Newscasts

PNS Daily Newscast - October 19, 2018 


Senator Corker demands the Trump administration share intelligence on the killing of a Washington Post columnist. Also on the Friday rundown: groups sue over the Texas border wall plan; and the soggy summer in some states may lead to higher pumpkin prices for Halloween.

Daily Newscasts

Public News Service - KY: Civil Rights

FRANKFORT, Ky. – A leading civil rights group says a new effort to have the motto "In God We Trust" displayed in Kentucky's public schools is just the latest in a string of attempts to bring religion into the classroom. State Rep. Brandon Reed (R) of Hodgenville has pre-filed a bill that wou

Dozens of advocates from Kentucky are expected to join a global social justice rally in Washington  on Saturday. (Kentucky Poor People's Campaign)

FRANKFORT, Ky. — A 40-day social justice blitz in Kentucky wraps up today, but advocates say their work is far from over. The Kentucky Poor People's Campaign has held days of action in Frankfort the past six Mondays, joining groups in 30 other states in a National Call for Moral Revival. Spo

Ray Krone was sent to death row for a murder he did not commit. Since being exonerated, he's been working to abolish capital punishment. (Witness to Innocence)

PIKEVILLE, Ky. – An innocent man who spent 10 years behind bars in Arizona, including three on death row, brings his story to Kentucky this week – one of the 31 states where execution remains legal. In 2002, Ray Krone became the 100th person in the United States to be exonerated from d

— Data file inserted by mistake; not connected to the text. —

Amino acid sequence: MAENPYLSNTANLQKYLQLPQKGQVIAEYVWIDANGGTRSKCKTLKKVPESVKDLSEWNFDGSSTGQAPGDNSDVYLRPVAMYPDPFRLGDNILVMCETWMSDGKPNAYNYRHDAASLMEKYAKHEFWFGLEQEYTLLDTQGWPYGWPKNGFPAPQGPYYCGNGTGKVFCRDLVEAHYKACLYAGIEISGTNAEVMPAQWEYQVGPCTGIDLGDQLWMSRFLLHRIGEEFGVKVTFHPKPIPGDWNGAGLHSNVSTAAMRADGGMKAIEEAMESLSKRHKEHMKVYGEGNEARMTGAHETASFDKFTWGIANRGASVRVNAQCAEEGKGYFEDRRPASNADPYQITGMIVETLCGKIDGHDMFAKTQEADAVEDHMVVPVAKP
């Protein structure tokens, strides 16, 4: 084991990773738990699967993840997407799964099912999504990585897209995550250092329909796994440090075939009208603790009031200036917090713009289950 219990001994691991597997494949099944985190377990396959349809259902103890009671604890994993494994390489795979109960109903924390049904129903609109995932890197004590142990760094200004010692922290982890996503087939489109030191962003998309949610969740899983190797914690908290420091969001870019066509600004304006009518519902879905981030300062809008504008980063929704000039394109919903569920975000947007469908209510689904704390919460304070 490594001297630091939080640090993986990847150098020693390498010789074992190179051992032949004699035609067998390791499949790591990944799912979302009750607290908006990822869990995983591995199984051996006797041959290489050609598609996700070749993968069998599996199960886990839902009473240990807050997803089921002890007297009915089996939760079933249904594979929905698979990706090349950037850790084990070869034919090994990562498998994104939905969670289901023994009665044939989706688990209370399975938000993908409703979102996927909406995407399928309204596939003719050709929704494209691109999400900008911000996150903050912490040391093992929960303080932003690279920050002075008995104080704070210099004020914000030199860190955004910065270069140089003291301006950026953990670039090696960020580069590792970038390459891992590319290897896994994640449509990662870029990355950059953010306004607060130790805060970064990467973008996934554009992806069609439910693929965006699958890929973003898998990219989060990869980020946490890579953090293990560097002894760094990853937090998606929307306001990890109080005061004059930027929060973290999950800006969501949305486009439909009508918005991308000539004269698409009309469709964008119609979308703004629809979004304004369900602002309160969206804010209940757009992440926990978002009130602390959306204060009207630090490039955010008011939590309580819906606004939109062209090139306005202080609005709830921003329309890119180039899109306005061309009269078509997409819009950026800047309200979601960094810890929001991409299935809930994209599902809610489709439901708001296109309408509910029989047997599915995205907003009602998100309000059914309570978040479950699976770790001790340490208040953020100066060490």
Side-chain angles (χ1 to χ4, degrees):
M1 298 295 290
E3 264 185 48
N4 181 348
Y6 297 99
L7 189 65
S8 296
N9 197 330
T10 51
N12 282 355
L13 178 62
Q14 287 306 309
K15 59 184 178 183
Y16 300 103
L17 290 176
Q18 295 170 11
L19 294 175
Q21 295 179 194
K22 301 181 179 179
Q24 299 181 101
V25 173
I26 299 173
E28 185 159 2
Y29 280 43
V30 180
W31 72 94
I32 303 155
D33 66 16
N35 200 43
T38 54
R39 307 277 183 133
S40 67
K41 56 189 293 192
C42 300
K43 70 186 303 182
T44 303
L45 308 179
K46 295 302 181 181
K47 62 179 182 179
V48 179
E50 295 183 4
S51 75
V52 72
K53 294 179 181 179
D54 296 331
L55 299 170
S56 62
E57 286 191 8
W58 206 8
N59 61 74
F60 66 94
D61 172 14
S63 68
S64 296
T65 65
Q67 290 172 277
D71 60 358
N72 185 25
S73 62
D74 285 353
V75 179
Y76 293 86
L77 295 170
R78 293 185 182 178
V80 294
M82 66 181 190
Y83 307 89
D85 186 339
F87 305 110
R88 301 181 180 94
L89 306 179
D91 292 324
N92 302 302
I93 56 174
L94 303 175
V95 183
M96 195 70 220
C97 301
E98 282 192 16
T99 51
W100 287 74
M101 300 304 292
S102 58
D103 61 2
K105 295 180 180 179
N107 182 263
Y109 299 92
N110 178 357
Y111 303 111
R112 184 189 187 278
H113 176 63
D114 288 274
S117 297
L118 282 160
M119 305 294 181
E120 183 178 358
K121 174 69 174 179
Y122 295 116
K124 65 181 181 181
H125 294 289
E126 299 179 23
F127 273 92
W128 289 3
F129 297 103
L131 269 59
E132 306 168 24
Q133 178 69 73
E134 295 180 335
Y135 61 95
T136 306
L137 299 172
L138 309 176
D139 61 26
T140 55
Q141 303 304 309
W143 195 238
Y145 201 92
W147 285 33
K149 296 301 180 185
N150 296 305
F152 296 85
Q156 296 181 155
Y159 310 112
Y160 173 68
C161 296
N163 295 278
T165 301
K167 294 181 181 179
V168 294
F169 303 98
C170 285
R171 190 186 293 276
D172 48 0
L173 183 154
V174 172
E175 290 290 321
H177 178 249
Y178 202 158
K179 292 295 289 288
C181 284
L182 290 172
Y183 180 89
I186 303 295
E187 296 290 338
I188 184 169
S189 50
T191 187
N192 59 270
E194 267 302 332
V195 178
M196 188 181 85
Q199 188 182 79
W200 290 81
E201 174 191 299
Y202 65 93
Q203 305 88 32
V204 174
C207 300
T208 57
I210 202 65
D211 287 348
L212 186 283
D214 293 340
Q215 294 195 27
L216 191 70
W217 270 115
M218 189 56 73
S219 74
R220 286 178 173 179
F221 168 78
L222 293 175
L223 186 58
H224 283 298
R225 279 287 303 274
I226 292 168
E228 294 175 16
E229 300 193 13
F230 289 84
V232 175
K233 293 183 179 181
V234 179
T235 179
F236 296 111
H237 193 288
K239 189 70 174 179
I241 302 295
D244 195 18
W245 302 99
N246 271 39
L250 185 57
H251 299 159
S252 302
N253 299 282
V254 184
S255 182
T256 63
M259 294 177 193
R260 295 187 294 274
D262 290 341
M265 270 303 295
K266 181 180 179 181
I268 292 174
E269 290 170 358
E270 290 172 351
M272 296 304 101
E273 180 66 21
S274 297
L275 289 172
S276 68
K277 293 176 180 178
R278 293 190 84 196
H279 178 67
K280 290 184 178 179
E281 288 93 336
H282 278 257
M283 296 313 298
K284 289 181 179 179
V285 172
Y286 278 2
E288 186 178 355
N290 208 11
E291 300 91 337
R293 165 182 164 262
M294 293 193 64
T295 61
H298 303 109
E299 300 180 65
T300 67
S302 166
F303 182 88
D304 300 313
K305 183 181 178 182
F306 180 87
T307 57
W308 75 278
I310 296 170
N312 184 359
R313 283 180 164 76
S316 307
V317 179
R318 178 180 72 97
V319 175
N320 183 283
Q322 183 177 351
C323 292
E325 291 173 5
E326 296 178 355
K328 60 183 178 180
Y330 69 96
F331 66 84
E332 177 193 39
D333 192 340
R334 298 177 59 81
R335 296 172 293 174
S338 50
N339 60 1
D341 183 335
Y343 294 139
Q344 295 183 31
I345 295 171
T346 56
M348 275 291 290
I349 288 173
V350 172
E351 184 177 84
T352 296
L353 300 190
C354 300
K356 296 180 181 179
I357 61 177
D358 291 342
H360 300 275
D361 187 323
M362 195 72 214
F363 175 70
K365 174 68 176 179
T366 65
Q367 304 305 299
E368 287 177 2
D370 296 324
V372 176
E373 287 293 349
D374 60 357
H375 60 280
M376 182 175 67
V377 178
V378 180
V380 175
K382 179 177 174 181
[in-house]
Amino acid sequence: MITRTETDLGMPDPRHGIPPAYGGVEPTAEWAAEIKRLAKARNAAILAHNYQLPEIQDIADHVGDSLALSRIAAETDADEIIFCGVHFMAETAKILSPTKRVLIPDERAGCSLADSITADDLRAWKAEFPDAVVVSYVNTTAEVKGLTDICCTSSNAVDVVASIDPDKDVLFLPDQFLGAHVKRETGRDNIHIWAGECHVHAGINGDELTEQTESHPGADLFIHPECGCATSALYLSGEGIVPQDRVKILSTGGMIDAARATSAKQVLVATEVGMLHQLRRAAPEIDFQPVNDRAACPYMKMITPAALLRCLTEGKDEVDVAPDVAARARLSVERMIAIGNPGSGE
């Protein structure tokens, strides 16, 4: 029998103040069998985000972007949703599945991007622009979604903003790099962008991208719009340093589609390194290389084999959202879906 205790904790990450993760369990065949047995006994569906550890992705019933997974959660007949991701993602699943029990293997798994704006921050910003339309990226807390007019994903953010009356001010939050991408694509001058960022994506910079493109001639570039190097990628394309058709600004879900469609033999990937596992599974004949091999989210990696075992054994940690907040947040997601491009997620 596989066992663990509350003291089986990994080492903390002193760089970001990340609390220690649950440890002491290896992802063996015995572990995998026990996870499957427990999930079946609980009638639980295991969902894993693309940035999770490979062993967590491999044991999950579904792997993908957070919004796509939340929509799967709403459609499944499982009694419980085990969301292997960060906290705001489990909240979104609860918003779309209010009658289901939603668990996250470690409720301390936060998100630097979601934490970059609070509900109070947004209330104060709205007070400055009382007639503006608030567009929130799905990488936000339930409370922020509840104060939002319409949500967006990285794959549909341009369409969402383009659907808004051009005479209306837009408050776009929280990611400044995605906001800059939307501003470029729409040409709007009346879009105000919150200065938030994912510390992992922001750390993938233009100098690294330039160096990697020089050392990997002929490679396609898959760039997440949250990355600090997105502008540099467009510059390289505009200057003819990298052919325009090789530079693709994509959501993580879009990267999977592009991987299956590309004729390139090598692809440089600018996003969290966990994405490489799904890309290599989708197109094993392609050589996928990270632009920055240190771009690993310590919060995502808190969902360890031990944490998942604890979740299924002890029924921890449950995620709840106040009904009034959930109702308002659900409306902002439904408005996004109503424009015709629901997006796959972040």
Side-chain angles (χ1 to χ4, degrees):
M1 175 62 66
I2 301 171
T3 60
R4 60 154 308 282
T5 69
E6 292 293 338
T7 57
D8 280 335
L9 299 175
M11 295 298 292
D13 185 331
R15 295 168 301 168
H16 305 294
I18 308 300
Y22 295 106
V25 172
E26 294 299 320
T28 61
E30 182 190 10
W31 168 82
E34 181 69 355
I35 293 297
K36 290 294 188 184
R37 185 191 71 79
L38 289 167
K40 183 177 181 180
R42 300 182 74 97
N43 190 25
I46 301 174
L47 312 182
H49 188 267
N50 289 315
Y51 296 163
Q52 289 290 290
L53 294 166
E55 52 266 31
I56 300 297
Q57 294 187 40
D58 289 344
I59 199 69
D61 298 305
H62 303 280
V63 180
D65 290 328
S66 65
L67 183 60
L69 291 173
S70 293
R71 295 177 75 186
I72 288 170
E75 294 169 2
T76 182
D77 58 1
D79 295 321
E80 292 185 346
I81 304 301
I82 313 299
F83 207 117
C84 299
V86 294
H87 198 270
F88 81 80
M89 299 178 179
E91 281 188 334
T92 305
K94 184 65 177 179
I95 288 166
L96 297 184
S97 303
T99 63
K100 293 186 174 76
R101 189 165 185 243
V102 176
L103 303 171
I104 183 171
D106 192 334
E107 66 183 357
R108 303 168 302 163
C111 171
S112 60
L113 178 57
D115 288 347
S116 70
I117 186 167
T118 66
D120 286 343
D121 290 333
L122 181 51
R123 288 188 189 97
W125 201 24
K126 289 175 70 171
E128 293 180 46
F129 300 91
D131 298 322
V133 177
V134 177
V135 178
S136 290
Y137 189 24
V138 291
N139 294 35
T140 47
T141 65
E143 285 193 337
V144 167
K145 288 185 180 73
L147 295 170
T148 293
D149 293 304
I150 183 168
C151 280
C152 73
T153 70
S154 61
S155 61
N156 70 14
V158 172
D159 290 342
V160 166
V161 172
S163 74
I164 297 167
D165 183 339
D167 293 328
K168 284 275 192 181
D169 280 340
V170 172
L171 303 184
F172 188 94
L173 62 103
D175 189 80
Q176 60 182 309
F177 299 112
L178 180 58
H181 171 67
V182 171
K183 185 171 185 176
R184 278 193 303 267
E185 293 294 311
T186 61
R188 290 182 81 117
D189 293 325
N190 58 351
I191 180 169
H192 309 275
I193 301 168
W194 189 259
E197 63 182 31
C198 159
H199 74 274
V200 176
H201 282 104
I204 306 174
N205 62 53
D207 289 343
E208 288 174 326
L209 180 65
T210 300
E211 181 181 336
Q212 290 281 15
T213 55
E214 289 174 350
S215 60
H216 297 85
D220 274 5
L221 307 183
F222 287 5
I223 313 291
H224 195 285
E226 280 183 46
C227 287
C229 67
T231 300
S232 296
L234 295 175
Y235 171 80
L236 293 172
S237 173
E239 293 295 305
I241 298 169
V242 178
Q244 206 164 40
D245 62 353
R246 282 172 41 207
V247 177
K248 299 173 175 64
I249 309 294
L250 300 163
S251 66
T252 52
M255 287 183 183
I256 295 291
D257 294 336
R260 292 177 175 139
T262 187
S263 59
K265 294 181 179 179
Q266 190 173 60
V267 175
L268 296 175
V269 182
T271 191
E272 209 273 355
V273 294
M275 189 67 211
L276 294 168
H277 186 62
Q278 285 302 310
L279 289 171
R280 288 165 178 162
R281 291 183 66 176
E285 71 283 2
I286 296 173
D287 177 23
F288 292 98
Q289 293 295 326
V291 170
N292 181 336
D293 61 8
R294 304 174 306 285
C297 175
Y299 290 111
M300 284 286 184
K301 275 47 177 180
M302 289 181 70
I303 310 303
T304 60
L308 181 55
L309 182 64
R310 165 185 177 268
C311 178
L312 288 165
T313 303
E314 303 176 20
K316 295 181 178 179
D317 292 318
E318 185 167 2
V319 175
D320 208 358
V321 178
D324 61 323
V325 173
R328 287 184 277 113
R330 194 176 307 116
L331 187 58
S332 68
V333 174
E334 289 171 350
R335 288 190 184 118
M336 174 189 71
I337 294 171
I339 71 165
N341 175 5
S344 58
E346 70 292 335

The Lexington Fair Housing Council and the Kentucky Coalition Against Domestic Violence are offering free webinars about the new law. (Greg Stotelmyer)

FRANKFORT, Ky. – Since June 29, new leasing protections have been in place in Kentucky for survivors of domestic, dating and sexual violence, as well as stalking. Now the focus is on training landlords on how the law impacts them. Art Crosby, executive director of the Lexington Fair Housin

A judge in a Kentucky murder case has made a pretrial ruling that the prosecutor can not seek the death penalty because the defendant was younger than 21 at the time of the crime. (Greg Stotelmyer)

LEXINGTON, Ky. -- A Kentucky judge has issued a pretrial order in a Lexington murder case that could have an impact on the minimum age for the death penalty across the country. The U.S. Supreme Court established 18 as the minimum age in 2005, but since then there has been mounting scientific evide

Those who oppose the death penalty will run an information booth such as this one during Kentucky's second largest festival this week. (Kentucky Coalition to Abolish the Death Penalty)

PIKEVILLE, Ky. - The push for multiple executions in Arkansas has shed a harsh light on the death penalty in America, especially in the South, where capital punishment is legal in every state including Kentucky. Here in the Commonwealth, it's been eight-and-a-half years since the last execution and

Big legislative wins for victims who seek and access protections through Kentucky's network of domestic violence programs, including this one in central Kentucky. (Greg Stotelmyer)

FRANKFORT, Ky. – A new Kentucky law removes a barrier that victims of domestic violence often face when making the difficult decision to leave their abuser. House Bill 309 gives people with a long-term protective order the ability to terminate a rental lease with 30 days notice to their land

Signatures from this online petition calling on Kentucky lawmakers to welcome refugees and immigrants into the Bluegrass State will be delivered today to lawmakers at the state capitol. (Greg Stotelmyer)

FRANKFORT, Ky. -- As President Trump attempts to revamp his controversial immigration ban, advocates for refugees and immigrants in Kentucky are bringing a message to state leaders: Keep the welcome mat out. Kentucky resettles more than twice the national annual average of refugees. Maria Koerner,

1 of 11 pages   1 2 3 >  Last »